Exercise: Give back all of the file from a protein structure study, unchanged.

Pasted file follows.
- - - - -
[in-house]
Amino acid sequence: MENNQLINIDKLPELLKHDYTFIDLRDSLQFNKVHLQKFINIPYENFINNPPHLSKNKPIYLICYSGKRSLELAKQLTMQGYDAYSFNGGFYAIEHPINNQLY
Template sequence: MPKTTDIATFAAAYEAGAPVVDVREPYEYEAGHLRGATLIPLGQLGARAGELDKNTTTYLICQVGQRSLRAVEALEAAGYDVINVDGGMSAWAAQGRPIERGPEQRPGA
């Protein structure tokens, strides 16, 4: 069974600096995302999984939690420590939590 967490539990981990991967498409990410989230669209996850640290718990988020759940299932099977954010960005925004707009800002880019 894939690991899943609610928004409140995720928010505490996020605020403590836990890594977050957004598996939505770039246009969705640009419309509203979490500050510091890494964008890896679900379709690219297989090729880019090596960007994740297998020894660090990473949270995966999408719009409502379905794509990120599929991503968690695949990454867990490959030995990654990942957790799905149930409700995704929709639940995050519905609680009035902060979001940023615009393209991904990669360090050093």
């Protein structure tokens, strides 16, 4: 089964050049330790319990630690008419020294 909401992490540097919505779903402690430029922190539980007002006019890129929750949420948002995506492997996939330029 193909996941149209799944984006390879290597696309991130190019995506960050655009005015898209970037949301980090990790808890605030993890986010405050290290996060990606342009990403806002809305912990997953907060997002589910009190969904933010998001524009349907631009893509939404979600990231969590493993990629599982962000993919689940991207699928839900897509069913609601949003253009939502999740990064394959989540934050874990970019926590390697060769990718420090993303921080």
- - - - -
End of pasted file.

[in-house]
Amino acid sequence: MENNQLINIDKLPELLKHDYTFIDLRDSLQFNKVHLQKFINIPYENFINNPPHLSKNKPIYLICYSGKRSLELAKQLTMQGYDAYSFNGGFYAIEHPINNQLY
Template sequence: MPKTTDIATFAAAYEAGAPVVDVREPYEYEAGHLRGATLIPLGQLGARAGELDKNTTTYLICQVGQRSLRAVEALEAAGYDVINVDGGMSAWAAQGRPIERGPEQRPGA
């Protein structure tokens, strides 16, 4: 069974600096995302999984939690420590939590 967490539990981990991967498409990410989230669209996850640290718990988020759940299932099977954010960005925004707009800002880019 894939690991899943609610928004409140995720928010505490996020605020403590836990890594977050957004598996939505770039246009969705640009419309509203979490500050510091890494964008890896679900379709690219297989090729880019090596960007994740297998020894660090990473949270995966999408719009409502379905794509990120599929991503968690695949990454867990490959030995990654990942957790799905149930409700995704929709639940995050519905609680009035902060979001940023615009393209991904990669360090050093």
């Protein structure tokens, strides 16, 4: 089964050049330790319990630690008419020294 909401992490540097919505779903402690430029922190539980007002006019890129929750949420948002995506492997996939330029 193909996941149209799944984006390879290597696309991130190019995506960050655009005015898209970037949301980090990790808890605030993890986010405050290290996060990606342009990403806002809305912990997953907060997002589910009190969904933010998001524009349907631009893509939404979600990231969590493993990629599982962000993919689940991207699928839900897509069913609601949003253009939502999740990064394959989540934050874990970019926590390697060769990718420090993303921080």